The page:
Private insurance is likely to figure in any reform of long-term care funding. Chris Horlick’s firm is waiting, he tells Mithran Samuel
Chris Horlick is well aware that presenting the financial services industry as the solution to the long-term care funding problem is not an easy sell.
“People have heard a lot of unpleasant stuff about mis-selling,” says the managing director of care at Partnership, one of the leading insurance providers. “There’s the idea that we must be nasty fat cats trying to make money out of people who need care.”
However, he believes strongly that private insurance will form a key part of the solution to the increasing gap between the need for care and the state’s ability to fund it.
“The demographics are going up at a time when the means to pay for it are going in the opposite direction.”
He points out that 41% of residential care users are already self-funders and this proportion is likely to grow.
Advantages of private finance
The body charged with finding a solution is the government-appointed Commission on the Funding of Care and Support, chaired by Andrew Dilnot.
At this month’s National Children and Adult Services Conference, Dilnot denied the commission was leaning towards private insurance.
However, Horlick believes that it has strong advantages over rival options.
“The dangers of going for something like the Scottish system – where free personal care is funded out of general taxation – are pretty clear when you look at what’s happening there in terms of rising costs. The Treasury will be very aware of that.”
He feels similarly about a compulsory insurance system, in which levies are either collected from people’s pay packets or, as proposed by the last Labour health secretary, Andy Burnham, through people’s estates.
“My view is that it’s very unlikely that the coalition government will go down the road of a compulsory levy. I’m not sure the country would wear it.”
Unaffordable for most
The traditional argument against private insurance is that is unaffordable for most.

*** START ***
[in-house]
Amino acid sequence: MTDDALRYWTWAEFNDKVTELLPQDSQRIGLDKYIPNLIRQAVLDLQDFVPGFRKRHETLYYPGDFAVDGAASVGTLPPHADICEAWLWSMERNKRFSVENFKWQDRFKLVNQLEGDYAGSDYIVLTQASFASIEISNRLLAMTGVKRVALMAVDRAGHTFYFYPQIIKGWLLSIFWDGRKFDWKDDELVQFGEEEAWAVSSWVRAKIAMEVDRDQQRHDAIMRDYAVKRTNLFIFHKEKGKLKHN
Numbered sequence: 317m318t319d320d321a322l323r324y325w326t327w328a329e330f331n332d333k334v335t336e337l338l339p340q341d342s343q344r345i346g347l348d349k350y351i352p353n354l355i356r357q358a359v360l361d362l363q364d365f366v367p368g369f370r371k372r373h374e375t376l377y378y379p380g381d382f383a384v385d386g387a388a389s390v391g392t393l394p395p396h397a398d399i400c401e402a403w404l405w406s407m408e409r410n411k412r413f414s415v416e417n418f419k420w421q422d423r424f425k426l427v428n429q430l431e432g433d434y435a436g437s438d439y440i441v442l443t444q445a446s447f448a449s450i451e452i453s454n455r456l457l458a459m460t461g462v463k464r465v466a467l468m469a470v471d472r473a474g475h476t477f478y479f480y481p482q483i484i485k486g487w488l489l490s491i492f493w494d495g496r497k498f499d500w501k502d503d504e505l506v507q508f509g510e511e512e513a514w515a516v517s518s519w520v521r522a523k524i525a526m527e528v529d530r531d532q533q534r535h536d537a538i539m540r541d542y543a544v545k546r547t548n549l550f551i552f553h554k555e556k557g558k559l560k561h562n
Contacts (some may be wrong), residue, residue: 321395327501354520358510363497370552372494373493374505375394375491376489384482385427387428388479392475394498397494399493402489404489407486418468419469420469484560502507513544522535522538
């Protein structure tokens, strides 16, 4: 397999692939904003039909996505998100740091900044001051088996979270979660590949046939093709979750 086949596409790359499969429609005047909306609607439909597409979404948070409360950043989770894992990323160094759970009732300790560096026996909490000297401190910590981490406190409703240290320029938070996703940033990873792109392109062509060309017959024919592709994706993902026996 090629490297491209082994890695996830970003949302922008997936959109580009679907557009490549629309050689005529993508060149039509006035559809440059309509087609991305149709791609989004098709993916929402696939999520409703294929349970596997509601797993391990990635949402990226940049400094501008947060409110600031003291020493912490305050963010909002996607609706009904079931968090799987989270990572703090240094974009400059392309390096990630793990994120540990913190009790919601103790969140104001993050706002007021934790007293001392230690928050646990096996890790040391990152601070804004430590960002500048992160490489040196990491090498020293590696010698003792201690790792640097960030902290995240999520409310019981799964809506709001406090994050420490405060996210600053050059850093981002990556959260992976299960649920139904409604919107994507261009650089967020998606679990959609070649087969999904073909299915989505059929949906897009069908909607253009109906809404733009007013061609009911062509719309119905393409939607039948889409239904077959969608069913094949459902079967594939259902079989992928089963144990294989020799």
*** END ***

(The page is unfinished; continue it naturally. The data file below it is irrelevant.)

Partnership’s average premium is £80,000 for one of its immediate care plans, for people at the point of needing care.
While this sounds steep, Horlick says it makes sense for many existing self-funders. On average, his customers spend four years in residential care, facing costs of up to £40,000 a year in London and the South East.
They also have household wealth of about £240,000 on average, he says, so buying a protection plan is a way of safeguarding two-thirds of their children’s inheritance.
Insurance customers fill out an application form following consultation with a financial adviser and then the provider requests a report from the GP and the care home to determine the premium.
While those expected to live longer in a care home face a higher premium, Horlick argues that going without insurance can often be more costly.
“We know of a couple who got through £670,000 in care bills. When we looked at their situation retrospectively we would have given them a premium of £310,000. They could have left £360,000 to their estate. There would have been inheritance tax on that. It may have helped their children pay for their own care.”
He cites the case of another customer, whose mother entered care aged 92, to show the flipside.
“The cost was £46,000 a year. He went away saying that if she did not die soon it would bankrupt him. By chance he heard about an immediate care annuity. His mum died 10 years later. It would have bankrupted him.”
While the market for such plans is growing, a lack of financial advice is a key barrier to bigger take-up, says Horlick.
“People don’t plan to receive care. It’s typically a semi-catastrophic situation. A recent Counsel and Care survey said 60% of people turn to the internet [for advice].”
He says that local authorities are failing in their signposting role, by not directing people towards sources of specialist financial advice, ideally from members of the Society of Later Life Advisers.
However, cost is still a barrier: £80,000 is well above the £23,500 asset threshold above which people must fund their own care in England, putting it beyond the reach of those many who do not receive public funding.
People would face lower premiums if they insured themselves in advance of needing care, so long as there was sufficient take-up. However, Horlick says the market in pre-planned insurance is “dead” due to lack of demand.
Reviving it requires a national debate to address public ignorance about the cost of care and government help, such as tax relief, he says.
This, broadly, was the Conservative party policy going into the election: that government would promote a market in pre-planned insurance, with premiums of about £8,000, paid on retirement. This figure has been derided as a significant underestimate, with the centre-right think-tank Policy Exchange putting it closer to £40,000.
However, it shows how far Horlick’s message is in tune with the government’s. Since the election, the industry’s stock has, if anything, grown. Horlick has been appointed to Westminster Council’s social care commission which will examine how the authority will meet its future care challenges, while financial services experts are also due to feed into Dilnot’s commission. No wonder Horlick is confident.
“I’ve had pretty strong indications from ministers that it would be inconceivable that the funding solution they come up with will not include an enhanced role for the financial services sector.”
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